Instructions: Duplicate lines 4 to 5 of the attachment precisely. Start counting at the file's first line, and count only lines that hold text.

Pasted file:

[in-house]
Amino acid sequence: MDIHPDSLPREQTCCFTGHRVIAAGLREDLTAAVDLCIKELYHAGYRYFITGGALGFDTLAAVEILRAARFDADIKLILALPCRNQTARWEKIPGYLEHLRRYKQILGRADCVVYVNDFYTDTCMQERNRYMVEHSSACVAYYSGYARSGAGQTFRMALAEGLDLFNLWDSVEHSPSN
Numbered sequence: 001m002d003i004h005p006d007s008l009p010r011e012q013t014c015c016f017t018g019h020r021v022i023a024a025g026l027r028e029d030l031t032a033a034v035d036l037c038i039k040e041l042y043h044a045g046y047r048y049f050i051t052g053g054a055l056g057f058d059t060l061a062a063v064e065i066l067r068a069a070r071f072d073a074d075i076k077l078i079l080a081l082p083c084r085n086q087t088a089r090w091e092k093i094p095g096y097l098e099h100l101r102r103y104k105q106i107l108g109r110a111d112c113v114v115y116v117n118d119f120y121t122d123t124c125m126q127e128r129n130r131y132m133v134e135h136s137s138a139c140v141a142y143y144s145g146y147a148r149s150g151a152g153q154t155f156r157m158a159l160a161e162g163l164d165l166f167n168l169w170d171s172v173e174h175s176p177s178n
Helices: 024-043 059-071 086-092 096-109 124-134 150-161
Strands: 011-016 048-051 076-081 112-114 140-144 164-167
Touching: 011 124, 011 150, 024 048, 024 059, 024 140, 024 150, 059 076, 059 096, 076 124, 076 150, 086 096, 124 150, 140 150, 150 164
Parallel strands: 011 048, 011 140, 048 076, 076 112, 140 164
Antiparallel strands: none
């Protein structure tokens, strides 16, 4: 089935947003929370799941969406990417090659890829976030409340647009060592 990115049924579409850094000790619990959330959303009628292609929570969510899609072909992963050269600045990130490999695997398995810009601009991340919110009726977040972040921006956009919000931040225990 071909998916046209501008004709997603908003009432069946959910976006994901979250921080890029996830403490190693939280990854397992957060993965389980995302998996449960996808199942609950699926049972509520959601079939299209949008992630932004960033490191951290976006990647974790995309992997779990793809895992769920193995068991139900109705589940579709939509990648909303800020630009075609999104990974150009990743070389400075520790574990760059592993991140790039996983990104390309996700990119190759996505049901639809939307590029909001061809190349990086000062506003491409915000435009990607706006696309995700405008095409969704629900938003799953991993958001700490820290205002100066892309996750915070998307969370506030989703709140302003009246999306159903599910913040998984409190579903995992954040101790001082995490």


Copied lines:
Helices: 024-043 059-071 086-092 096-109 124-134 150-161
Strands: 011-016 048-051 076-081 112-114 140-144 164-167